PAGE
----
ANR Programme 2009-2013
image of courtroom
A Joint Programme on Justice and Governance in India and South Asia
(Hosted by Centre for Himalayan Studies)

3- Religion and the Courts

Section 3: Religion and the Courts

While the Indian Constitution provides the framework for a complete secularism, it is not without some contradictions inherited from the nation’s history. For instance a sizeable number of Hindu temples are directly managed by the regional states of the Federation; the legal status of Hindu idols is recognized; the state provides support to religious minorities, subsidizing for instance their educational institutions; etc. Thus, in various ways, the secular state is directly involved in the direct administration of different religious institutions. The Courts regularly have to rule on matters concerning religious rights, affiliation, and the very definition of what is a religious group.

The secularization process, as understood from the Courts’ action, needs to be analyzed beyond the judgment itself or the legislation involved. The arguments, the vocabulary in which they are couched, the legal strategies used by the parties and by the Court, the pressures from the society, the social and political stakes involved in the decisions, all these are crucial for a more comprehensive understanding of the role of Courts concerning the effective implementation of the Constitution’s secular ideal and framework.

This section concerns Gilles Tarabout (coordination), Catherine Clementin-Ojha, Djallal G. Heuzé, Chiara Letizia, Gérard Toffin, and Raphaël Voix

Detailed projects

>> Catherine Clémentin-Ojha

seeks to understand the Indian state governance of Hindu religious institutions through the judiciary. The research is essentially archival; it is based on court records and on commentaries in the press. There are two Hindu religious institutions recognized by the law in secular India, the temple and the monastery. The study concerns both and conducts a detailed analysis of two litigations. One which started in the twenties during the British colonial period concerns a monastery in Benares (U.P.), the other which started in the XIXth century during the Kachvaha monarchy concerns a temple in the city of Jaipur (Rajasthan).The study has two main objectives. One is to explain the content of the judicial decisions and their implications from a sociological, historical and religious perspective. The second objective is to use the judiciary records and their detailed case history to study the process of secularization that has affected the administration of the said religious institutions when their established tradition of religious celibacy (and contempt for married life) ceased to be an obligatory mode of life.

>> Gilles Tarabout

will work on litigations concerning temples and churches in Kerala. Some of them involve extremely important social stakes and claims of age-old private ritual rights. Many have been or still are the focus of prolonged litigations on which the High Court of Cochin has had to rule. The project aims at studying some of these litigations, in order to better understand the place of a secular Court in matters religious. The approach will be historical, relying on archives in Kerala and in the Indian Office Library in London, as well as ethnographical, with interviews of present-day protagonists.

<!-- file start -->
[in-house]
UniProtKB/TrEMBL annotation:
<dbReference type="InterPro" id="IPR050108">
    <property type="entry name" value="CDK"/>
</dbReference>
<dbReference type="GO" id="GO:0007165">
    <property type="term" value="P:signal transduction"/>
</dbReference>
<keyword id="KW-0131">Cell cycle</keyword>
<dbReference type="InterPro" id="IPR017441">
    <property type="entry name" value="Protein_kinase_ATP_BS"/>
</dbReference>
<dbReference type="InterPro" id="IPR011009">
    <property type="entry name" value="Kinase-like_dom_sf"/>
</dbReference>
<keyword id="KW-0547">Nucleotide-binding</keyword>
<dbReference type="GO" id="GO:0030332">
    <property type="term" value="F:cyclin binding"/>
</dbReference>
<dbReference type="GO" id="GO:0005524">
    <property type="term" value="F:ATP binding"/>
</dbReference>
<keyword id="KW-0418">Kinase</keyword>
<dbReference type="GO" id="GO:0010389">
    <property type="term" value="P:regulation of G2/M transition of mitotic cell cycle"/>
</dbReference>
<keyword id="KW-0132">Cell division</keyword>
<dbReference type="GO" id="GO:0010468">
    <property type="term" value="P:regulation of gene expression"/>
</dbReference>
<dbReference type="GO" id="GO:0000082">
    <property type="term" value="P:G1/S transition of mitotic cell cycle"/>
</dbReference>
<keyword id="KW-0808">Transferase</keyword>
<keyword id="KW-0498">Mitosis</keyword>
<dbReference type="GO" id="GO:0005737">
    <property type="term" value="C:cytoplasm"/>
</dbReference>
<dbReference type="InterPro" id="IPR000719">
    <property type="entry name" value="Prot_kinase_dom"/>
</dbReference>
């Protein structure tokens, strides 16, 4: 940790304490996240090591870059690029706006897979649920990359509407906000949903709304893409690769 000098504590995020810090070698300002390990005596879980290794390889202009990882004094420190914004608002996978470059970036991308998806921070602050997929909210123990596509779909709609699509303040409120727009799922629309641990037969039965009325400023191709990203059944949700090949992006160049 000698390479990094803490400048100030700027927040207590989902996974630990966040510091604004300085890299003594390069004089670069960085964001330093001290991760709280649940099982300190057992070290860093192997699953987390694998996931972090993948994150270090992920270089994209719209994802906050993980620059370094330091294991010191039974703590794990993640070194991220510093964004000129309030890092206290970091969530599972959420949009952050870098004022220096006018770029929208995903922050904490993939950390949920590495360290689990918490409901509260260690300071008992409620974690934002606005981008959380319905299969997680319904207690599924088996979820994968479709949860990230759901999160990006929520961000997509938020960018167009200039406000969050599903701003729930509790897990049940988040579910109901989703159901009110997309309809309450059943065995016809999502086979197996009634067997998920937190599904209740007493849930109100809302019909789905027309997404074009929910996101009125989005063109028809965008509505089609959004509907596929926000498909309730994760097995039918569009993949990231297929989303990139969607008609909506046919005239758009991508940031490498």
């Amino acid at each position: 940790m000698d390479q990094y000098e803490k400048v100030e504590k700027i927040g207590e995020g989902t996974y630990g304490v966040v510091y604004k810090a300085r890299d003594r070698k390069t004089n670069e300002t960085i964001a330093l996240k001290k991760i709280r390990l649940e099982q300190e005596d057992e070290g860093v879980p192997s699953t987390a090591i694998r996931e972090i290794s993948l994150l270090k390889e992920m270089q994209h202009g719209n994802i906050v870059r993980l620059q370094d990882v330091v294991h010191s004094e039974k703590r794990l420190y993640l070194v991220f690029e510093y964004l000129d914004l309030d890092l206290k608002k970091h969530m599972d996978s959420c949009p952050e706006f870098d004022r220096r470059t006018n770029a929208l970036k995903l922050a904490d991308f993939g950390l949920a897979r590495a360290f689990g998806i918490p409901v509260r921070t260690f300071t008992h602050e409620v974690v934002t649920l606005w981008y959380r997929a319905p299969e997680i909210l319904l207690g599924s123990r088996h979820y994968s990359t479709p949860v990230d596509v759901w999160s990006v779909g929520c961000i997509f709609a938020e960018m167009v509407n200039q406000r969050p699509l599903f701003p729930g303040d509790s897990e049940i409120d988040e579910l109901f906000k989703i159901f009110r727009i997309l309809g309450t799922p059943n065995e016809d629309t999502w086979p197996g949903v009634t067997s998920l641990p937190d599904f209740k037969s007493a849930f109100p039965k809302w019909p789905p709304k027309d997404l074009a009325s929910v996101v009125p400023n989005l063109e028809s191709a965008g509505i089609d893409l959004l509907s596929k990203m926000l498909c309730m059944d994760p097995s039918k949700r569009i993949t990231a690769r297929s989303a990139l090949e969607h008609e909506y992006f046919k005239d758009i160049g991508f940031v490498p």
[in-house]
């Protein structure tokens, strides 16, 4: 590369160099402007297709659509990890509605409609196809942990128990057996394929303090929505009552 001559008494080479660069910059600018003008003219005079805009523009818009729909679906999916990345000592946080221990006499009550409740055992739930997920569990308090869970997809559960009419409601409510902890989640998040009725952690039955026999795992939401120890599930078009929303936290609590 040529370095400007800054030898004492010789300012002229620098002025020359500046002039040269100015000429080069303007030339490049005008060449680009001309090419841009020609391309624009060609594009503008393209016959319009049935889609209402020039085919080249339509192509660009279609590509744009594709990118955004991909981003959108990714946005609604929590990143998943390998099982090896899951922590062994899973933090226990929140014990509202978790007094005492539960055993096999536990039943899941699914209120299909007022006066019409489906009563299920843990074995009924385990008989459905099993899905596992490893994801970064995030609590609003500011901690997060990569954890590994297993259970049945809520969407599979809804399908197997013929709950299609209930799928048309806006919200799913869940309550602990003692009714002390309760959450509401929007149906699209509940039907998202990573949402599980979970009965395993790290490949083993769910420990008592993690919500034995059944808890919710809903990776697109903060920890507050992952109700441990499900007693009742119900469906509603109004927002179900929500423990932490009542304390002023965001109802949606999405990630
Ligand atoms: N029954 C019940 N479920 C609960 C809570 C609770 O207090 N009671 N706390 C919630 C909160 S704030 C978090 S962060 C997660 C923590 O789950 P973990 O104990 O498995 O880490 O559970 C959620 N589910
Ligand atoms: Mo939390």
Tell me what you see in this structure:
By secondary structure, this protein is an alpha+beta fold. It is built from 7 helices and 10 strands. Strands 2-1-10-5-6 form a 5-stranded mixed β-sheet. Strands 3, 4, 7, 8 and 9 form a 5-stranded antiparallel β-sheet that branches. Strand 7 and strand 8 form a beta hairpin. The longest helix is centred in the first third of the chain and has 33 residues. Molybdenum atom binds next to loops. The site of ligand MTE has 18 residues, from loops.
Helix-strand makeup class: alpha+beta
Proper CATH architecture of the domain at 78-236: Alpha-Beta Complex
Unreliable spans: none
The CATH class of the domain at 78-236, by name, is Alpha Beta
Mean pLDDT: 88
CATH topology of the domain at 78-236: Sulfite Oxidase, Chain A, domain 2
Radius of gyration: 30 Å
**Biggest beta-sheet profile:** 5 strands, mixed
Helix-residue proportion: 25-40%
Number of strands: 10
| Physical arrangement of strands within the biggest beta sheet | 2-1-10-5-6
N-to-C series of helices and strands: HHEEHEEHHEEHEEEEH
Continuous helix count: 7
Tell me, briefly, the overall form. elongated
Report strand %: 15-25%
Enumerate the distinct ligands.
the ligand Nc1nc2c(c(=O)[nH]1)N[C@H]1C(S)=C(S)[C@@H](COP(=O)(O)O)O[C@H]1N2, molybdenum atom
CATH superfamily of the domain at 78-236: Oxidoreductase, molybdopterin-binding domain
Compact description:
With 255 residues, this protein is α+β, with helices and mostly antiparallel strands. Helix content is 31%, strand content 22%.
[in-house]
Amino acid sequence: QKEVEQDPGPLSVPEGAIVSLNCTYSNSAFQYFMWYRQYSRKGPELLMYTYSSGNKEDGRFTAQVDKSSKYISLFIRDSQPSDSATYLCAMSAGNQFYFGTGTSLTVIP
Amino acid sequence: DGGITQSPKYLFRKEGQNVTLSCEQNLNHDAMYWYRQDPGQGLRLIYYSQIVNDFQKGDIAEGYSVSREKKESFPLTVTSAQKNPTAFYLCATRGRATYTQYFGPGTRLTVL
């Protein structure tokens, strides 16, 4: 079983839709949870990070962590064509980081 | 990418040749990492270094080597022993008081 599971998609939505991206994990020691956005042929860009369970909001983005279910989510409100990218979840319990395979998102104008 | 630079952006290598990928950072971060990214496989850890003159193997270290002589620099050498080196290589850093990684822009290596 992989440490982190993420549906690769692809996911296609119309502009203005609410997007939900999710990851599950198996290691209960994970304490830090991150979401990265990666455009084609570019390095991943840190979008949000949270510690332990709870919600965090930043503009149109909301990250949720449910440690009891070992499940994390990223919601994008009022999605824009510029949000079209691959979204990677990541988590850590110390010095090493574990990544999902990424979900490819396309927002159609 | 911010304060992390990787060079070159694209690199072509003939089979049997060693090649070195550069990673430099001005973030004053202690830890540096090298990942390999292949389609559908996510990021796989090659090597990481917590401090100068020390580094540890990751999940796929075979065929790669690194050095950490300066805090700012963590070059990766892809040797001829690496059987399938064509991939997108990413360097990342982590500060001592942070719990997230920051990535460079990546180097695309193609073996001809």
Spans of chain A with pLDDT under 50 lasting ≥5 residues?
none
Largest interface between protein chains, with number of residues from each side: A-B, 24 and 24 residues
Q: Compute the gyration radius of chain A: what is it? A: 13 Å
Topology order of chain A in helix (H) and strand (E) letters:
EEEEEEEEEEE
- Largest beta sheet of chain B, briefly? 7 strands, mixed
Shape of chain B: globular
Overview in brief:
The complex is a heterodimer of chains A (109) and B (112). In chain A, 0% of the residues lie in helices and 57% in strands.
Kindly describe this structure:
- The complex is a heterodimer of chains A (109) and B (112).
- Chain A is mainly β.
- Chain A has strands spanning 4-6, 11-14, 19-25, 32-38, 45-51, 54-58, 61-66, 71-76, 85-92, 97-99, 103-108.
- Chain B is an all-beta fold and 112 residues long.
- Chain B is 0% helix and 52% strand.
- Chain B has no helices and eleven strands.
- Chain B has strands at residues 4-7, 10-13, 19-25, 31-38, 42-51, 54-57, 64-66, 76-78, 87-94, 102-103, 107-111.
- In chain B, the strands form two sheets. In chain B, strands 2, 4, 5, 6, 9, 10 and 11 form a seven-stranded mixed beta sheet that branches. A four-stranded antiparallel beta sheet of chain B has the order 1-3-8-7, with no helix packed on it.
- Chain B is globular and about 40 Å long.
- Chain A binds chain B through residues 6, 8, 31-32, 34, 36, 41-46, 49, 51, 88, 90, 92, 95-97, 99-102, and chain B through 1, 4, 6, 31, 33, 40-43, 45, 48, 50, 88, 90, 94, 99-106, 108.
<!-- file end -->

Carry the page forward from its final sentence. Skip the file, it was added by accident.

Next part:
>> Raphaël Voix

is studying a contemporary Hindu sect, Ananda Marga. During the last 25 years, it has been involved in two important legal battles. The first one, known as the “Tandava case”, opposed the group to the Commissioner of Police of West Bengal regarding the right to perform a public ritual involving the demonstration of skulls and knives in public. The second one opposed two factions fighting for the right to succeed to the guru-founder of the movement. The study will analyse these legal cases, with the aim to highlight how individual competence in legal proceedings has become an important feature of the religious authority within the movement.

>> Djallal G. Heuzé

will continue his approach on the Ganga Liberation Movement (Ganga Mukti Andolan). Though linked to environment, it is a religious and secularist issue and Hindu nationalists play a part in it. As India’s main river and one of its most important symbols, the Ganga has for a long time been entrusted to the care of various authorities, and there is a complex interference with the public jurisdiction. The project will focus on four kinds of actors, all of them confronted with the sphere of justice: the fishermen and boatmen living off the Ganga; the state and the legal apparatus; the Ganga Mukti Andolan; and the Hindu nationalists and the brand of NGOs associated with them.

>> Chiara Letizia & Gérard Toffin

Hinduism and Secularism in the newly-born Republic of Nepal through selected judicial cases: In May 2008, the Hindu monarchy of Nepal was abolished and replaced by a secular, democratic, federal republic. With a view to providing insights in the challenges facing the passage from Hindu to secular law and in the changing relation between religion and the state during a period of constitution making, C. Letizia and G. Toffin will examine the role of courts in shaping the notion of secularism and implementing it. To this end they will investigate judiciary cases regarding: 1. The ban on conversion and on propagation of religion (C. Letizia); 2. The crime of cow slaughtering (C. Letizia); 3. The tradition of the Kumari challenged by human rights (C. Letizia); 4. The interference of the State in religious matters: the case of Pashupatinath temple (C. Letizia and G. Toffin); 5. Funds for festivals: the case of the Indra Jatra (G. Toffin); 6. Secular laws related to women and their implementation in the courts (G. Toffin).